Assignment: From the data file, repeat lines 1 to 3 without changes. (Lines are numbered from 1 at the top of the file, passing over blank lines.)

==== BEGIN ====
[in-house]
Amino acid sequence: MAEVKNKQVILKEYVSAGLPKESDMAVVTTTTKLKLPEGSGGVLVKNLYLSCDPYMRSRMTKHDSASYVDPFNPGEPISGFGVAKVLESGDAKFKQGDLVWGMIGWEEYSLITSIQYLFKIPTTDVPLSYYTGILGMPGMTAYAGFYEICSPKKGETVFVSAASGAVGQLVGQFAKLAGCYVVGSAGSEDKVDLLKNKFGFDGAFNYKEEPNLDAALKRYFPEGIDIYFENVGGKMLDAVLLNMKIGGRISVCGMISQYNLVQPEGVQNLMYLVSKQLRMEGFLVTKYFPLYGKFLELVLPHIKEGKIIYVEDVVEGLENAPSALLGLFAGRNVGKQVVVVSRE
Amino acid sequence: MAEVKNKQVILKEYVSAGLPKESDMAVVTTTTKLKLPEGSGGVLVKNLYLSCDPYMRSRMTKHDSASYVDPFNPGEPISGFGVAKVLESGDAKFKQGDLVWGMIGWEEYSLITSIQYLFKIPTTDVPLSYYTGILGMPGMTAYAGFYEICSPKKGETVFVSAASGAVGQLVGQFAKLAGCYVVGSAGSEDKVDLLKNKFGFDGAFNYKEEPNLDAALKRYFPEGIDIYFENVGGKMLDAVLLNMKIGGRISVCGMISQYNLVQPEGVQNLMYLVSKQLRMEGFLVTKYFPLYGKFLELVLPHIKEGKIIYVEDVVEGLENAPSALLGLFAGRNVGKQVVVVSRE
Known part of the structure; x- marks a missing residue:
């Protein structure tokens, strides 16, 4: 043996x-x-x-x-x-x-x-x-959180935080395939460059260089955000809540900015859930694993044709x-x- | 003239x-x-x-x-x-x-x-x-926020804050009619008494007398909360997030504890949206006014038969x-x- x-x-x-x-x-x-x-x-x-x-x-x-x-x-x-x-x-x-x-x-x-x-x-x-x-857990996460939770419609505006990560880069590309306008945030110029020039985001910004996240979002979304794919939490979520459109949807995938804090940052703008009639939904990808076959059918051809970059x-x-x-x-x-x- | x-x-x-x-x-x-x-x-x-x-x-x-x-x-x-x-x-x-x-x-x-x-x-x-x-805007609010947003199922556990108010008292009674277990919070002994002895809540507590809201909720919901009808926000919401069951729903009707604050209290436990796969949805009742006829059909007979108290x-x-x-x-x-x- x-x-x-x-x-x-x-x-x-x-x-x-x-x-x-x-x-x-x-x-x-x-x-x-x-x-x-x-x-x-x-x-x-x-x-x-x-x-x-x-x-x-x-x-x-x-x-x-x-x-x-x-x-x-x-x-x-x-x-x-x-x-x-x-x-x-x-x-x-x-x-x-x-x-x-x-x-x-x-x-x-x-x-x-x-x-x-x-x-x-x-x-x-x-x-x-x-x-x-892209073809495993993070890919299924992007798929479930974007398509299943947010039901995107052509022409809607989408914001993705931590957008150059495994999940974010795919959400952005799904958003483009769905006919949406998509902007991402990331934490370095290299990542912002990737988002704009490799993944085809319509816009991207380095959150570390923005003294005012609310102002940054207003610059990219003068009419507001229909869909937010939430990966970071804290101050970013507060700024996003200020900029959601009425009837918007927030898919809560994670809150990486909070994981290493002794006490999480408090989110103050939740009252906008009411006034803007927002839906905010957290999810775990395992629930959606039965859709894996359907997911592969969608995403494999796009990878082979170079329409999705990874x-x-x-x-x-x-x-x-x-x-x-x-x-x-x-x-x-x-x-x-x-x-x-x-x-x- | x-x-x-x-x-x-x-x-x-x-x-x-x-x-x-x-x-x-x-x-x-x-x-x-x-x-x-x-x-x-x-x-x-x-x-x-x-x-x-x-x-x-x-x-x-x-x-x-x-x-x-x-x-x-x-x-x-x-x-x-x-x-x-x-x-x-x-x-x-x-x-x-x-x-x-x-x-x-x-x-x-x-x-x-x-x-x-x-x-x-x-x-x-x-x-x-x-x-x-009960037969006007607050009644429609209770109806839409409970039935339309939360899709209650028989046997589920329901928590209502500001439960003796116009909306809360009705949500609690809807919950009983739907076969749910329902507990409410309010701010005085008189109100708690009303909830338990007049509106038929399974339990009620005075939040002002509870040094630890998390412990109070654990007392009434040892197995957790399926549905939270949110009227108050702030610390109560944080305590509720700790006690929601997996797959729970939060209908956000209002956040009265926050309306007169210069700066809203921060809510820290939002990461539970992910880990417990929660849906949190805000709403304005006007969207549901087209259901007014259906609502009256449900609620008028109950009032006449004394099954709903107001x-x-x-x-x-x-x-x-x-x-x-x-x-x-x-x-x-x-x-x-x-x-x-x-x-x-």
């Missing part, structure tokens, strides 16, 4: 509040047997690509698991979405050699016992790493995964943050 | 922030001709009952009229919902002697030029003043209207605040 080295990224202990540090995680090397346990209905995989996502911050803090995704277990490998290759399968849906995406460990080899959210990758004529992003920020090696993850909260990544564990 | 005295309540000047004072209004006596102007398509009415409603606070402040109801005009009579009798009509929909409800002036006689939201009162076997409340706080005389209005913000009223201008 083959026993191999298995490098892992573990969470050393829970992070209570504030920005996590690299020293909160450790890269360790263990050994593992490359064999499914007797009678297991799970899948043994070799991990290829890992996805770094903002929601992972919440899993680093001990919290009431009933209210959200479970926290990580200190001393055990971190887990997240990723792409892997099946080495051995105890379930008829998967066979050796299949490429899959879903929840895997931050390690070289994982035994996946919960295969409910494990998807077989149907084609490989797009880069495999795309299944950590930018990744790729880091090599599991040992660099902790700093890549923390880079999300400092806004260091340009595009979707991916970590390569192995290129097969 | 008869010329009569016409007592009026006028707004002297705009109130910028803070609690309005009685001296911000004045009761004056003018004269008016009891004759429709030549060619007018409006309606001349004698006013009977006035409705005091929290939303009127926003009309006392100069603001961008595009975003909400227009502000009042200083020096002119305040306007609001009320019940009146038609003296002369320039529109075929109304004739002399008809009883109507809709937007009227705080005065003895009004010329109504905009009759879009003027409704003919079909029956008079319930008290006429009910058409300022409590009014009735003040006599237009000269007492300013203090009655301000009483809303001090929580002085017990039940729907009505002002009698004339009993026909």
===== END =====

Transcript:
[in-house]
Amino acid sequence: MAEVKNKQVILKEYVSAGLPKESDMAVVTTTTKLKLPEGSGGVLVKNLYLSCDPYMRSRMTKHDSASYVDPFNPGEPISGFGVAKVLESGDAKFKQGDLVWGMIGWEEYSLITSIQYLFKIPTTDVPLSYYTGILGMPGMTAYAGFYEICSPKKGETVFVSAASGAVGQLVGQFAKLAGCYVVGSAGSEDKVDLLKNKFGFDGAFNYKEEPNLDAALKRYFPEGIDIYFENVGGKMLDAVLLNMKIGGRISVCGMISQYNLVQPEGVQNLMYLVSKQLRMEGFLVTKYFPLYGKFLELVLPHIKEGKIIYVEDVVEGLENAPSALLGLFAGRNVGKQVVVVSRE
Amino acid sequence: MAEVKNKQVILKEYVSAGLPKESDMAVVTTTTKLKLPEGSGGVLVKNLYLSCDPYMRSRMTKHDSASYVDPFNPGEPISGFGVAKVLESGDAKFKQGDLVWGMIGWEEYSLITSIQYLFKIPTTDVPLSYYTGILGMPGMTAYAGFYEICSPKKGETVFVSAASGAVGQLVGQFAKLAGCYVVGSAGSEDKVDLLKNKFGFDGAFNYKEEPNLDAALKRYFPEGIDIYFENVGGKMLDAVLLNMKIGGRISVCGMISQYNLVQPEGVQNLMYLVSKQLRMEGFLVTKYFPLYGKFLELVLPHIKEGKIIYVEDVVEGLENAPSALLGLFAGRNVGKQVVVVSRE